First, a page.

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R.B. v. State

Court of Appeals of Indiana

September 11, 2015

R.B., Appellant-Respondent,
v.
State of Indiana, Appellee-Petitioner

Appeal from the Marion Superior Court. The Honorable Marilyn A. Moores, Judge. The Honorable Gary Chavers, Magistrate. Cause No. 49D09-1410-JD-2399.

ATTORNEY FOR APPELLANT: Matthew D. Anglemeyer, Marion County Public Defender, Indianapolis, Indiana.

ATTORNEYS FOR APPELLEE: Gregory F. Zoeller, Attorney General of Indiana; Ellen H. Meilaender, Deputy Public Defender, Indianapolis, Indiana.

Najam, Judge. Kirsch, J., and Barnes, J., concur.

OPINION

Najam, Judge.

Statement of the Case

[¶1] R.B. appeals his adjudication as a delinquent for dangerous possession of a firearm, as a Class A misdemeanor when committed by an adult. R.B. raises two issues for our review:

1. Whether his mother, T.B., had authority under the Fourth Amendment to consent to a police search of R.B.'s bedroom in T.B.'s house.
2. Whether the juvenile court abused its discretion when it admitted R.B.'s subsequent confession to law enforcement officers, which, according to R.B., was fruit of the poisonous tree following the purportedly illegal search of his bedroom.

As a matter of first impression in Indiana, we hold that it is reasonable under the Fourth Amendment for an officer to rely on the voluntary consent of a minor's parent to search the minor's bedroom inside the parent's home. Accordingly, we affirm the juvenile court's adjudication of R.B. as a delinquent.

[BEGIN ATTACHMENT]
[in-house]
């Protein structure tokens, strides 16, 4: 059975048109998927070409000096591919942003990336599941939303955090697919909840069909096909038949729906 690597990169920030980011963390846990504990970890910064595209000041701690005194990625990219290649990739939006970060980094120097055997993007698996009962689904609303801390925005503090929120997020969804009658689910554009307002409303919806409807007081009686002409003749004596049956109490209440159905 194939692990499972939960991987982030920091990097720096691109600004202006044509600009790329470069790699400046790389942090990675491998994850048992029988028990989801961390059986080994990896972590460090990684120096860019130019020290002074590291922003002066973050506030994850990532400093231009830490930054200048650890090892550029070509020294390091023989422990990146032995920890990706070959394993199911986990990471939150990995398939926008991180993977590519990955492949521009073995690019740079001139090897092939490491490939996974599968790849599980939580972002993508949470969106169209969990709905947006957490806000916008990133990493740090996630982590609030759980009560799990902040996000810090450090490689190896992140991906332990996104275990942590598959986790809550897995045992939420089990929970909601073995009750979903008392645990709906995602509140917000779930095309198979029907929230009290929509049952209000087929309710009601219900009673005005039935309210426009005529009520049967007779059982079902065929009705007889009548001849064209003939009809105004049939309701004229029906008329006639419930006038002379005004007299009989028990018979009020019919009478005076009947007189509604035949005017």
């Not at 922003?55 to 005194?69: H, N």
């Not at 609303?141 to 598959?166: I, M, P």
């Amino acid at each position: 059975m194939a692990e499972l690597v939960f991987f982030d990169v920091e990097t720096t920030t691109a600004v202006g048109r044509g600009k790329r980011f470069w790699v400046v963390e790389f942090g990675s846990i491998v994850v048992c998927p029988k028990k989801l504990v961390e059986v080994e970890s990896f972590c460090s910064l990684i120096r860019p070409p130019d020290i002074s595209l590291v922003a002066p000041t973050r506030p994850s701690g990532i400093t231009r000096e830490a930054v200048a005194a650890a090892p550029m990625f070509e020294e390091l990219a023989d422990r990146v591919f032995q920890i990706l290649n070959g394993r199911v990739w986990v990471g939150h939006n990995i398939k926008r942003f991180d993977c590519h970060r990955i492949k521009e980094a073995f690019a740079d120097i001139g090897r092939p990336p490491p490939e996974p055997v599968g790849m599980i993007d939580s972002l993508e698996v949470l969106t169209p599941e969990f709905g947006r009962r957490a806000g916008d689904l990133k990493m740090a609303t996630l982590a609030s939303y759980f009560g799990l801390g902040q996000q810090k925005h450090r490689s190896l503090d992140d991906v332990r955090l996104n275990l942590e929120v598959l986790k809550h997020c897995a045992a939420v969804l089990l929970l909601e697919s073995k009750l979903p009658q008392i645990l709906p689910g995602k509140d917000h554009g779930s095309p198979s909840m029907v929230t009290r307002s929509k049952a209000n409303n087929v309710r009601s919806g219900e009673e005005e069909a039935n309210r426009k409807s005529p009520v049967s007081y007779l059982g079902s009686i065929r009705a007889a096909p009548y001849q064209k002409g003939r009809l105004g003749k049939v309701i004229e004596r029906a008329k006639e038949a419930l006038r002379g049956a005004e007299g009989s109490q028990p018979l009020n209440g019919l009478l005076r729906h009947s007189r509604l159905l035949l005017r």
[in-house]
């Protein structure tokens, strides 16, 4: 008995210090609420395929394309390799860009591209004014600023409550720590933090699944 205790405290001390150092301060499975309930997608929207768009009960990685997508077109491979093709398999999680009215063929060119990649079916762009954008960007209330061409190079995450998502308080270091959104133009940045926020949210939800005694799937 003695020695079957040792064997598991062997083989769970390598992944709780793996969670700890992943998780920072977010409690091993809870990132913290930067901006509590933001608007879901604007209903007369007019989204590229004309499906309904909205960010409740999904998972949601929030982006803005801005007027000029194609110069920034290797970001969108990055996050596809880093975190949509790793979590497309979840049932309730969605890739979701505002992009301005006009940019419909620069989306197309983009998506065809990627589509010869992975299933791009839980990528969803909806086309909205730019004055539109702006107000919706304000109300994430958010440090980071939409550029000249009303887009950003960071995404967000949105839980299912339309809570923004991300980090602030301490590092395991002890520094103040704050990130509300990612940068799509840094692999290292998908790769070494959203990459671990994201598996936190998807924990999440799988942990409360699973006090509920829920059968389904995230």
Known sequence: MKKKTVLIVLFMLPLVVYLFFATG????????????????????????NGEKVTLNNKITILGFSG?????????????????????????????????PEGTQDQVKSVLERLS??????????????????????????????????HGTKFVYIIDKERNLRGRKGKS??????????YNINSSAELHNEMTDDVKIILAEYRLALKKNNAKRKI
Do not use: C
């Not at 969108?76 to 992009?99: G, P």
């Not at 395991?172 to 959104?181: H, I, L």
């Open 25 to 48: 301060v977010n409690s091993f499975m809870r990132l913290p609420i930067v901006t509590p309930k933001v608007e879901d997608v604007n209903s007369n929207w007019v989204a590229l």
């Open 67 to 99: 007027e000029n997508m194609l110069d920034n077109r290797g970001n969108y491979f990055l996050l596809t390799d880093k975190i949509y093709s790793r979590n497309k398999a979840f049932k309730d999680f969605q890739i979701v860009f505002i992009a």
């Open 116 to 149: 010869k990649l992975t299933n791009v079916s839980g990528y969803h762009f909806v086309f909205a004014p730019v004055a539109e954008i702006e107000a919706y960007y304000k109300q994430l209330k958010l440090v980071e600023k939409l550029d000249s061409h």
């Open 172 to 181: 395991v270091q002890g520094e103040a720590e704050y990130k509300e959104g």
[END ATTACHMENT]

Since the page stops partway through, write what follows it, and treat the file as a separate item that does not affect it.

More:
Facts and Procedural History

[¶2] At about 7:30 a.m. on September 30, 2014, Indianapolis Metropolitan Police Department Officer Sonya Daggy received a dispatch report of an attempted burglary. Officer Daggy spoke with the reporting homeowner, who gave a detailed description of the suspects, who were juveniles. The juveniles had fled south from the residence when the homeowner discovered them.

[¶3] A few minutes later, Officer Daggy observed three juveniles about six blocks south of the home. Those individuals matched the descriptions provided by the homeowner. Officer Daggy observed that the juveniles were wearing school uniforms but were not in school, even though " juveniles about that age are generally . . . in school . . . about that time." Tr. at 9. Officer Daggy stopped the juveniles, determined that they were supposed to be at school, and obtained their parents' contact information. R.B., who was fifteen years old, was one of the juveniles. Officer Daggy then contacted a parent for each juvenile and asked the parents to pick up their children.

[¶4] When T.B. arrived to pick up R.B., Officer Daggy asked her " if she had seen [R.B.] with a white laptop recently." Id. at 19. Officer Daggy asked T.B. this question because " there had been several burglaries in that particular neighborhood" recently, and Officer Daggy had " taken a burglary report where a white laptop had been stolen . . . approximately three weeks prior." Id. T.B. informed Officer Daggy that she had seen R.B. with a white laptop in the past few days but she did not know how R.B. had acquired the laptop. Accordingly, Officer Daggy asked T.B. if they could go to ...


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